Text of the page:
TAMPA — Based on the workload greeting him at his new gig, Jeff Scott is bound to sweat for every nickel of the $500,000 de facto signing bonus due him in January.
Since landing in Tampa on Dec. 10, the new USF coach has met with prominent boosters, pulled off a triumphant introductory press conference, has met with the holdover assistants, dismissed them all, has begun working to assemble a new staff, and has started assessing the roster he inherited.
All of which might seem manageable, if Scott didn’t also have to attempt to salvage a signing class in an eight-day span.
“I think the early signing period has really added to the tray, if you will, and it’s just very difficult,” Scott told The Athletic’s Andy Staples on a podcast released Monday.
“I’ve had to call some recruits and talk to their parents, recruits that have never been to the University of South Florida, recruits that have never met me in person, and I’m trying to talk the mother into allowing her son to sign with the University of South Florida (on) Wednesday.”
Wednesday marks the commencement of the NCAA’s early signing period for football, which runs through Friday. Installed in 2017, it was created in part to ease pressure and anxiety for recruits who had settled on a school and wanted to end the often-chaotic recruiting process.
But that anxiety and pressure was transferred over to coaches, namely those such as Scott who are hired in mid-December (or late November) and must hit the ground sprinting when it comes to recruiting.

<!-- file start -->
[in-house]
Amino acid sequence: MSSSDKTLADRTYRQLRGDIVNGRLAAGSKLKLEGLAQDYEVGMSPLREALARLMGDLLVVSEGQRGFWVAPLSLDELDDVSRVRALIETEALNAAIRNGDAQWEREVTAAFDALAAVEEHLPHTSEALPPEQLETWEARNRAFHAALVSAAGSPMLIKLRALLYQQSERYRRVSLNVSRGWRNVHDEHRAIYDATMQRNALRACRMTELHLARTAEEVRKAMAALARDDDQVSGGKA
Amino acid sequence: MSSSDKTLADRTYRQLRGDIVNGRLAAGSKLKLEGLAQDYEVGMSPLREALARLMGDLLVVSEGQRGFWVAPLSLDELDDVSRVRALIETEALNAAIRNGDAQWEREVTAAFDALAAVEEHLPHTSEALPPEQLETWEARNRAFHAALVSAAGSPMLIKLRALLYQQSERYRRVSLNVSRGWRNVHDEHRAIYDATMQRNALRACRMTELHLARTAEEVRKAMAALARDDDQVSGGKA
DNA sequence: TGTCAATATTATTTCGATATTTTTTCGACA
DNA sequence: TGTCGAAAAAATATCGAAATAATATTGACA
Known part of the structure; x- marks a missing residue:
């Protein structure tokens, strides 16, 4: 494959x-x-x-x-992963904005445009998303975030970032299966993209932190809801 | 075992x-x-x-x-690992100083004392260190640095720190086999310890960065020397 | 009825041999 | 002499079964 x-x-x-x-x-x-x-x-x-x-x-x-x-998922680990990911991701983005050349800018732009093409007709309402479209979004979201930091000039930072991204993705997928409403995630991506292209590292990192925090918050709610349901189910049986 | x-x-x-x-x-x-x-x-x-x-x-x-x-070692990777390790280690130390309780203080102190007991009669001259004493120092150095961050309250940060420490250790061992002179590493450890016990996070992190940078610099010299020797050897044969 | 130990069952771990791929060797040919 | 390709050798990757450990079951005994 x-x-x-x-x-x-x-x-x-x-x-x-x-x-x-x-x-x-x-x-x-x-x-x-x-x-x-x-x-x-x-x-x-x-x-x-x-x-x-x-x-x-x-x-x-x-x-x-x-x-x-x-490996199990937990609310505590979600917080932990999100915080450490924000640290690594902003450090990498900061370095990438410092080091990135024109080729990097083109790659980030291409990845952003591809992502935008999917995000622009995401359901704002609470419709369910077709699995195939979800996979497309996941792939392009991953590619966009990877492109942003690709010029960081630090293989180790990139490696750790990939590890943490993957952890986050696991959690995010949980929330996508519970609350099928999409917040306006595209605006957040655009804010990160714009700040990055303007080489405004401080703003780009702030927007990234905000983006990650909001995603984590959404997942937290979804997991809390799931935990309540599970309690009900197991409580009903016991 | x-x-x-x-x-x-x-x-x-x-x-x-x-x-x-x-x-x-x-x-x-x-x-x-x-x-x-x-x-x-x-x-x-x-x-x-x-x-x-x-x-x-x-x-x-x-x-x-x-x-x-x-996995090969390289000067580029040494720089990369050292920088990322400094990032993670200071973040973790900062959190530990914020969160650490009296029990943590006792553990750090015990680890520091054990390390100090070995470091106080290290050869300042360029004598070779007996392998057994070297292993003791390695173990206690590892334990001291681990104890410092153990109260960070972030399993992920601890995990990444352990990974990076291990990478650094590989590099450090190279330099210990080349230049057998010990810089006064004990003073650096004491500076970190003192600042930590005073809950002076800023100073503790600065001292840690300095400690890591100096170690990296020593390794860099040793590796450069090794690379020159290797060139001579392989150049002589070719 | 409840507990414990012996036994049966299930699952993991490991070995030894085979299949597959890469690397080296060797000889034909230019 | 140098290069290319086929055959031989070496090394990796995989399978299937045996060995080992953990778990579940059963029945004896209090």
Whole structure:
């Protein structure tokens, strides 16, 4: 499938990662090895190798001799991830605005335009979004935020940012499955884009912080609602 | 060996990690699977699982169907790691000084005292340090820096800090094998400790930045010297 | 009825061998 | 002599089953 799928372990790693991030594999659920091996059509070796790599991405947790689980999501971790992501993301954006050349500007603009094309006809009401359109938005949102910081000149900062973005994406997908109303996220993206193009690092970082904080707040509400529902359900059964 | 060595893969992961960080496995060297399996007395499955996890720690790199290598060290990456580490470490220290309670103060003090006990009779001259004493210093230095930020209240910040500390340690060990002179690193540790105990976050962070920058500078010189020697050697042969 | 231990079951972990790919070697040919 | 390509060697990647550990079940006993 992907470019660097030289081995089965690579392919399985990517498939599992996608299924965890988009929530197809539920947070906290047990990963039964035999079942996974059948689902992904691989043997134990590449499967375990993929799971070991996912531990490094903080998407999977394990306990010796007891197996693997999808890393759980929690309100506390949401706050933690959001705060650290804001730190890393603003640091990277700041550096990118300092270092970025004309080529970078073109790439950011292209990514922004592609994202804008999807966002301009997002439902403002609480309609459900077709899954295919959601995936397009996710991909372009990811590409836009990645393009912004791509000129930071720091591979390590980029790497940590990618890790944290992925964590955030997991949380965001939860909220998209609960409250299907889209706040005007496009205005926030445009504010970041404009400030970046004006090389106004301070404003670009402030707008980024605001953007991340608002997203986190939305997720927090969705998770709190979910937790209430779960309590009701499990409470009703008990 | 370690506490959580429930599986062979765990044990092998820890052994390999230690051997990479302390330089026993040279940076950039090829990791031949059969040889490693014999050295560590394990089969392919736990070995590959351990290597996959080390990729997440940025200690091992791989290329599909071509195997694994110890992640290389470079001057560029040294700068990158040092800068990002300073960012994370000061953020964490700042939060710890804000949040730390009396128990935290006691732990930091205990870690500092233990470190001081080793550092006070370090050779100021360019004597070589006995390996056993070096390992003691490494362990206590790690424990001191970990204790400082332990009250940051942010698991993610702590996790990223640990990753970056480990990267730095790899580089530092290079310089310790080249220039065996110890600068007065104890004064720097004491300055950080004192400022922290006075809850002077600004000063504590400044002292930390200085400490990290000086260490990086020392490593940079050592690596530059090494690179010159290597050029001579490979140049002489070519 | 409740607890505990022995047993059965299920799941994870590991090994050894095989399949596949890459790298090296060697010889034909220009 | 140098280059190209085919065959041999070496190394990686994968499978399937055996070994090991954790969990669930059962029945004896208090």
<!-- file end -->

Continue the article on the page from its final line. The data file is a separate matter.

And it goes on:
UCF’s Josh Heupel (hired Dec. 5, 2017), Florida’s Dan Mullen (hired Nov. 26, 2017) and Florida State’s Mike Norvell (hired two weekends ago) are familiar with that breakneck, 11th-hour pursuit of prospects.
“I'm starting (recruiting) right now,” Norvell said during his Dec. 8 introductory press conference. “The minute I get off this stage, that's all of our focus.”
Actually Norvell started beforehand; he shook a recruit’s hand before he even made his first public remarks as the Seminoles’ coach.
The immediate push is vital because most top prospects will end their recruitments this week. Almost 76 percent of last year’s class signed during the early period, including 260 of ESPN’s top 300 recruits, according to ESPN national recruiting director Tom Luginbill.
Because so few recruits will still be on the board in February, new coaches must scramble to identify and land the ones they can.
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“A lot of it is the relationships,” Mullen said. “There are a lot of guys you haven't recruited, you didn't know, you haven't met. The positive is a lot of guys stuck with us.”
Indeed, Mullen hauled in some of the top recruits who committed to his predecessor, Jim McElwain. Tight end Kyle Pitts, offensive lineman Richard Gouraige (Cambridge Christian) and linebacker/defensive back Amari Burney (Calvary Christian) all committed to UF before Mullen’s arrival and already have been valuable contributors in Gainesville.
But the miss rate is high, too. Five members of Mullen’s 2018 class already have transferred or been kicked off the team; two others have medically retired.
Although attrition happens with every class at every program, it’s a greater concern when new coaches have so little time to vet prospects.
Willie Taggart’s first USF class (2013, before the early signing period) had six transfers/departures plus one who didn’t qualify academically. Six members of his first FSU class (2018, with the early signing period) have already entered the transfer portal or were away from the team at the end of the season. That number will likely grow.
Taggart left Norvell a better recruiting situation than the mess he inherited from Jimbo Fisher. But Norvell is still scrambling to salvage a top-20 class.
“The reality is, in recruiting it all comes down to relationships,” Norvell said. “That’s going to be something that has to be built.”
And it’s something that’s going to take more than two weeks.